Photo courtesy of National Pork Board.
by Kathleen Furore
Joe St. Columbia, owner of Pasquale’s Tamales in the Mississippi River Delta town of Helena, Ark., knows how important a good recipe can be. The business started serving tamales in the 1930s, and now makes just one version of the traditional Mexican delicacy.
“We’re a tamale business only. We have a concession trailer open every Friday and Saturday selling beef tamales, and we are on the internet at www.pasqualetamale.com,” St. Columbia says. “We have been in Southern Living Magazine twice and on many tv stations about our Delta Tamale.”
Pasquale’s “very large following” savors the top sirloin-and chuck roast-filled tamales rolled in corn shucks imported from Mexico and USDA inspected. To save time, St. Columbia uses Tamale Tuckers in place of corn husk pieces as ties. “They’re fast, clean and they get the job done,” he says.
A Menu Must-Have
Although challenging to make, tamales are a necessity on Mexican restaurant menus, experts say.
“Especially for the Christmas season, I think it important to have at least two or three different types of tamales on the menu,” says Marilyn Tausend, owner of Culinary Adventures, Inc. and author of cookbooks including the new La Cocina Mexicana: Many Cultures One Cuisine. “To anyone of Mexican heritage, it is the single food that is inseparable from Christmas.”
Her suggestion: Corn husk-wrapped Tamales Navideños with shredded, cooked turkey or chicken in a mole of ground toasted peanuts, sesame seeds, chiles anchos, mulatos and pasillas, cloves, peppercorns, cinnamon and Mexican chocolate; a banana leaf-wrapped tamal, such as one from Veracruz where masa is filled with small chunks of pork, zucchini, tomatoes, onion, garlic and chiles; and a tamal dulce (sweet tamal)—traditional in Mexico but new to many U.S. restaurant patrons.
Tausend’s favorite sweet tamales? Tamales de piña con coco served with ice cream, toasted almonds or pecans and fresh pineapple; a sweet and spicy tamal with canned pumpkin puree and spices mixed into the masa; and one sweetened with refried pinto beans, raisins, piloncillo and spices.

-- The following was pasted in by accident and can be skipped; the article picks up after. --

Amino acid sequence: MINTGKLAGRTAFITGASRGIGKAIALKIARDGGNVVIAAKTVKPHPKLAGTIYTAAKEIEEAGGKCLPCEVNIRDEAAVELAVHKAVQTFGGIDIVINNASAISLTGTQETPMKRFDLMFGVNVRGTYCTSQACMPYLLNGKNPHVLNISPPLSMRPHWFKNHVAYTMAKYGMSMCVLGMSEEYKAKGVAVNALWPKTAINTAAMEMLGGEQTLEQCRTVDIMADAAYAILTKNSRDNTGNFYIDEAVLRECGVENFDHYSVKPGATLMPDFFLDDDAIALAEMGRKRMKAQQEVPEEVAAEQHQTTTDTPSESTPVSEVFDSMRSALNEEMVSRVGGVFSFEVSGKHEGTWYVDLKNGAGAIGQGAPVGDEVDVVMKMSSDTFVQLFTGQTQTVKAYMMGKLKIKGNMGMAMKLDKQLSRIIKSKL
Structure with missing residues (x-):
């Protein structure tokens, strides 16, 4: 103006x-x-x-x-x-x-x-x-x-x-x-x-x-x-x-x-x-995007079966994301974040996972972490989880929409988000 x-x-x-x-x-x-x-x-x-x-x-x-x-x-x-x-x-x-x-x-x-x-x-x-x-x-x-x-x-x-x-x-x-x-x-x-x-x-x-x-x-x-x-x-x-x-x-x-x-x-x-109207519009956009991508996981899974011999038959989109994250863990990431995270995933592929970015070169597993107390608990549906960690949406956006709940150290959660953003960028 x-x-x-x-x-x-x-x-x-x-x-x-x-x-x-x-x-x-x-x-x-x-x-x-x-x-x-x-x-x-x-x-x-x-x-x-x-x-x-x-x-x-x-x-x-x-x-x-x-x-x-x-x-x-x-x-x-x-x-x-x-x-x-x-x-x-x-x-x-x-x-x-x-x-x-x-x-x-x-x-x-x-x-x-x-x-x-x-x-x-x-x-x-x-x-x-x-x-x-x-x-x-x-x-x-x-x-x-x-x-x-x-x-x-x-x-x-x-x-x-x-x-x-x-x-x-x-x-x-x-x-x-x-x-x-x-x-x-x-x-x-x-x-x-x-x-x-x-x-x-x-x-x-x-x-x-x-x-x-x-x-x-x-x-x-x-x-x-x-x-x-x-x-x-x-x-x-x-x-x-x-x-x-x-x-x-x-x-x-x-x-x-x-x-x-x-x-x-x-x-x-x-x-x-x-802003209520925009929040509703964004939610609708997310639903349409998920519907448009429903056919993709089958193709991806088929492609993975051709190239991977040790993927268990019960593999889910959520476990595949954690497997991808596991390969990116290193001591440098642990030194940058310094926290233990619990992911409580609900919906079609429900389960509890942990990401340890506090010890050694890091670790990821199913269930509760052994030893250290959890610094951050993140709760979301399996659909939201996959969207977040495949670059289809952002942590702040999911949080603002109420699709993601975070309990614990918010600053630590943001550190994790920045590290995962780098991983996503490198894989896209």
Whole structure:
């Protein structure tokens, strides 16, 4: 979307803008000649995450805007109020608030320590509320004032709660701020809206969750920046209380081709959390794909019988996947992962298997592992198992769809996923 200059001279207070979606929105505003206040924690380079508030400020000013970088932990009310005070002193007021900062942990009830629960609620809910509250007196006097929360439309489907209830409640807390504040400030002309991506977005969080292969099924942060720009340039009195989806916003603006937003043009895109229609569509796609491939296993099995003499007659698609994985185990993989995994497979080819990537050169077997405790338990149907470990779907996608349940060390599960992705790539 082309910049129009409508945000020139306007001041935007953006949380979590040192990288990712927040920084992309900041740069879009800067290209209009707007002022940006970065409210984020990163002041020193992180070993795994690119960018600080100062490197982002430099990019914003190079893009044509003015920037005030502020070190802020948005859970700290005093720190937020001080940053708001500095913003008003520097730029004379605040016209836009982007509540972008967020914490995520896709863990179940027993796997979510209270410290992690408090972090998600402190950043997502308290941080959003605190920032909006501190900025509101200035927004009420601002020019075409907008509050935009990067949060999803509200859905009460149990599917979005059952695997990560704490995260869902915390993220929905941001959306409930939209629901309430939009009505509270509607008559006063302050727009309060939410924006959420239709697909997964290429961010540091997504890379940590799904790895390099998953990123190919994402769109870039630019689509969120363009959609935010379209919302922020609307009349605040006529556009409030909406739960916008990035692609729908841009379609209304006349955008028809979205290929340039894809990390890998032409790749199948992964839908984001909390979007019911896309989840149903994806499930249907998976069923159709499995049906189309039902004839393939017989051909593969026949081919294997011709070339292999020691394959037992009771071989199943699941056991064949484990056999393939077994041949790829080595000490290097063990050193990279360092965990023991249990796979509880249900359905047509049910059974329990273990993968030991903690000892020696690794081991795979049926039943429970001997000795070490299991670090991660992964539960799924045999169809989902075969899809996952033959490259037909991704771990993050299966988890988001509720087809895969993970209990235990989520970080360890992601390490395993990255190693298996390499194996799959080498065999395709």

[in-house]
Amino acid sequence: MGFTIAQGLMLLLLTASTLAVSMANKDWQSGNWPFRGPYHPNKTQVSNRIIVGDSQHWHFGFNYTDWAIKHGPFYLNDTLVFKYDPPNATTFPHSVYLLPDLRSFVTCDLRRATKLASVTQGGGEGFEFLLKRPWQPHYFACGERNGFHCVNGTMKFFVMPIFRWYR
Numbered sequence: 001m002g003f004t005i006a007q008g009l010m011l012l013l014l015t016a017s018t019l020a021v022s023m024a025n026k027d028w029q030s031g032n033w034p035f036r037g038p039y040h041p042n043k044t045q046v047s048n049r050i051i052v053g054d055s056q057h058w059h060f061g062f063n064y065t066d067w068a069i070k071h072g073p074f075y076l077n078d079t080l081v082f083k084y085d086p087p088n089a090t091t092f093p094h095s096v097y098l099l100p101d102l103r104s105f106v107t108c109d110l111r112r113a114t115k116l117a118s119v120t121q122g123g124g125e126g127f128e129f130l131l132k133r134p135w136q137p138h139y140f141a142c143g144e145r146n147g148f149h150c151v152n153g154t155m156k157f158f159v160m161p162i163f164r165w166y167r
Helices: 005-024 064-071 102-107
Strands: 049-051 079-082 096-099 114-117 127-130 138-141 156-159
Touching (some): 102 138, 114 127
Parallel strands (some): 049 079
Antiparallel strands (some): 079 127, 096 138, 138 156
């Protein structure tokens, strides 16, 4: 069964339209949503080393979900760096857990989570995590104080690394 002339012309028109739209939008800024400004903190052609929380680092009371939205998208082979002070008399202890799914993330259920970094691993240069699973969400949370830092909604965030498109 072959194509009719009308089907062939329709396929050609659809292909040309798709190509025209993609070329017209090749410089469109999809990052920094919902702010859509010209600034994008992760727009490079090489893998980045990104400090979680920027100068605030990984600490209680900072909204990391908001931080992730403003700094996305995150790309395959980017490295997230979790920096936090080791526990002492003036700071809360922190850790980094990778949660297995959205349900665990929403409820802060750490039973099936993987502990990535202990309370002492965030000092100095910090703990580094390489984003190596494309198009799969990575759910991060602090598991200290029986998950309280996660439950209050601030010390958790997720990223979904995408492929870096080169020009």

There are several ways to add tamales to menus. Dessert tamales can reap better profits, notes Roberto Santibañez, chef/owner of Fonda in New York City and author of cookbooks including the new Tacos, Tortas and Tamales. “If restaurants do tamales as a dessert, they can get better money. You need to make less, and you can charge the same price as you do for any other dessert,” he says. “If you offer appetizer tamales and charge $8, customers expect a lot— they might think $8 is a lot for ‘just a bunch of masa!’ As a dessert, they consider it a better value. Coconut and strawberry are most popular, and chocolate is absolutely delicious!”
He and Tausend also recommend the Tamal de Cazuela (tamale cooked in a pot) as a time-saving option. “Cook the masa on a stovetop, layer it in a baking mold with filling, then bring the mold to the table,” Santibañez says.
“The traditional tamal de cazuela would be made in a rather shallow cazuela and the servings scooped out which works well for a buffet,” adds Tausend, who also offers these tips:
*Think beyond corn husk and banana leaves wrappings. Try blue corn husks, fresh corn leaves, or chaya (Tausend uses Swiss chard) as cooks do in the Yucatán. “Always use a sturdy aromatic leaf that will impart a complementary flavor,” she says.
*If serving tamales in wrappers, give guests a dish to put discarded wrappers in.
*Consider serving a tamal in place of rice.
Tamale Source Guide
*BE&SCO. Manual and electric tamale machines. 800-683-0928; www.bescomfg.com.
*C.T. Beavers/Tamale King. Tamalemakers, corn husks, masa, pots, spices. 800-531-1799; www.tamaleking.com.
*Minsa. Corn Flour Masa Mix for Tamales. 800-852-8291; www.minsa.com.
*TNI Packaging. Tamale Tuckers pre-tied covered elastic food loops. 800-383-0990; www.tnipackaging.com.